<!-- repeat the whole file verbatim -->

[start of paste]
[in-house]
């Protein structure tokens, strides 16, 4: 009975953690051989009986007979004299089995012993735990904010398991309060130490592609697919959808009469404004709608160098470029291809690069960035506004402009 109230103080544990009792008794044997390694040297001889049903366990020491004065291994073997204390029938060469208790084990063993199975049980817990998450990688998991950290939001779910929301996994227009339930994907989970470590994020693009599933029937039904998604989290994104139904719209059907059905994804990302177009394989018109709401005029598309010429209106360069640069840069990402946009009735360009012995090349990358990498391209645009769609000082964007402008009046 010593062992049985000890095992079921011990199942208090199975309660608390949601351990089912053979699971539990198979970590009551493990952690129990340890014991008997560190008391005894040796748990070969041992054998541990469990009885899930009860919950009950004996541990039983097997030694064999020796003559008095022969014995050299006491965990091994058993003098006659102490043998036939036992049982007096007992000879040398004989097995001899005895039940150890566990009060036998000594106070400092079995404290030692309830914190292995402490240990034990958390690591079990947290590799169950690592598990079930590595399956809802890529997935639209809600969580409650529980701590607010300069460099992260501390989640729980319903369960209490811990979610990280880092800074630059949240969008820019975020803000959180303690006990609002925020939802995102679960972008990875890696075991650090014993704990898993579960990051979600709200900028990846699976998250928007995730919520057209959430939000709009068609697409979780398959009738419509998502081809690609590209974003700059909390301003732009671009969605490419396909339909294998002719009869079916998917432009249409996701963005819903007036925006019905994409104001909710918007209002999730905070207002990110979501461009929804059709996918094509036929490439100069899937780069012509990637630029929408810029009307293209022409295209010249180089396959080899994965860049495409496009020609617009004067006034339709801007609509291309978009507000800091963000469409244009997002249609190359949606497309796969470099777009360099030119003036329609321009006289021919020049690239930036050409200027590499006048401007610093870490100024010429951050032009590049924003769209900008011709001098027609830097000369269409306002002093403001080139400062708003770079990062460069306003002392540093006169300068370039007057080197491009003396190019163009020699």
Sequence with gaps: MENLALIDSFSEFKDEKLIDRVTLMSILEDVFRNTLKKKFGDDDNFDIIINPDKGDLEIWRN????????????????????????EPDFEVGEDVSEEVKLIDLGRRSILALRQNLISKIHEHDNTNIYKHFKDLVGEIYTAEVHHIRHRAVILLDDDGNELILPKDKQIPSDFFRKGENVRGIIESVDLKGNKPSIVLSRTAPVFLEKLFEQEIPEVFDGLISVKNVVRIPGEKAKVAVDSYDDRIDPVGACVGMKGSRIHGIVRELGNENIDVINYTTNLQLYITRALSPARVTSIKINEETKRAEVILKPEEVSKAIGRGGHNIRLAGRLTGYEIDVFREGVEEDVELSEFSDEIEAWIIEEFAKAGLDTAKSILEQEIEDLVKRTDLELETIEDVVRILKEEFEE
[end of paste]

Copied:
[in-house]
């Protein structure tokens, strides 16, 4: 009975953690051989009986007979004299089995012993735990904010398991309060130490592609697919959808009469404004709608160098470029291809690069960035506004402009 109230103080544990009792008794044997390694040297001889049903366990020491004065291994073997204390029938060469208790084990063993199975049980817990998450990688998991950290939001779910929301996994227009339930994907989970470590994020693009599933029937039904998604989290994104139904719209059907059905994804990302177009394989018109709401005029598309010429209106360069640069840069990402946009009735360009012995090349990358990498391209645009769609000082964007402008009046 010593062992049985000890095992079921011990199942208090199975309660608390949601351990089912053979699971539990198979970590009551493990952690129990340890014991008997560190008391005894040796748990070969041992054998541990469990009885899930009860919950009950004996541990039983097997030694064999020796003559008095022969014995050299006491965990091994058993003098006659102490043998036939036992049982007096007992000879040398004989097995001899005895039940150890566990009060036998000594106070400092079995404290030692309830914190292995402490240990034990958390690591079990947290590799169950690592598990079930590595399956809802890529997935639209809600969580409650529980701590607010300069460099992260501390989640729980319903369960209490811990979610990280880092800074630059949240969008820019975020803000959180303690006990609002925020939802995102679960972008990875890696075991650090014993704990898993579960990051979600709200900028990846699976998250928007995730919520057209959430939000709009068609697409979780398959009738419509998502081809690609590209974003700059909390301003732009671009969605490419396909339909294998002719009869079916998917432009249409996701963005819903007036925006019905994409104001909710918007209002999730905070207002990110979501461009929804059709996918094509036929490439100069899937780069012509990637630029929408810029009307293209022409295209010249180089396959080899994965860049495409496009020609617009004067006034339709801007609509291309978009507000800091963000469409244009997002249609190359949606497309796969470099777009360099030119003036329609321009006289021919020049690239930036050409200027590499006048401007610093870490100024010429951050032009590049924003769209900008011709001098027609830097000369269409306002002093403001080139400062708003770079990062460069306003002392540093006169300068370039007057080197491009003396190019163009020699």
Sequence with gaps: MENLALIDSFSEFKDEKLIDRVTLMSILEDVFRNTLKKKFGDDDNFDIIINPDKGDLEIWRN????????????????????????EPDFEVGEDVSEEVKLIDLGRRSILALRQNLISKIHEHDNTNIYKHFKDLVGEIYTAEVHHIRHRAVILLDDDGNELILPKDKQIPSDFFRKGENVRGIIESVDLKGNKPSIVLSRTAPVFLEKLFEQEIPEVFDGLISVKNVVRIPGEKAKVAVDSYDDRIDPVGACVGMKGSRIHGIVRELGNENIDVINYTTNLQLYITRALSPARVTSIKINEETKRAEVILKPEEVSKAIGRGGHNIRLAGRLTGYEIDVFREGVEEDVELSEFSDEIEAWIIEEFAKAGLDTAKSILEQEIEDLVKRTDLELETIEDVVRILKEEFEE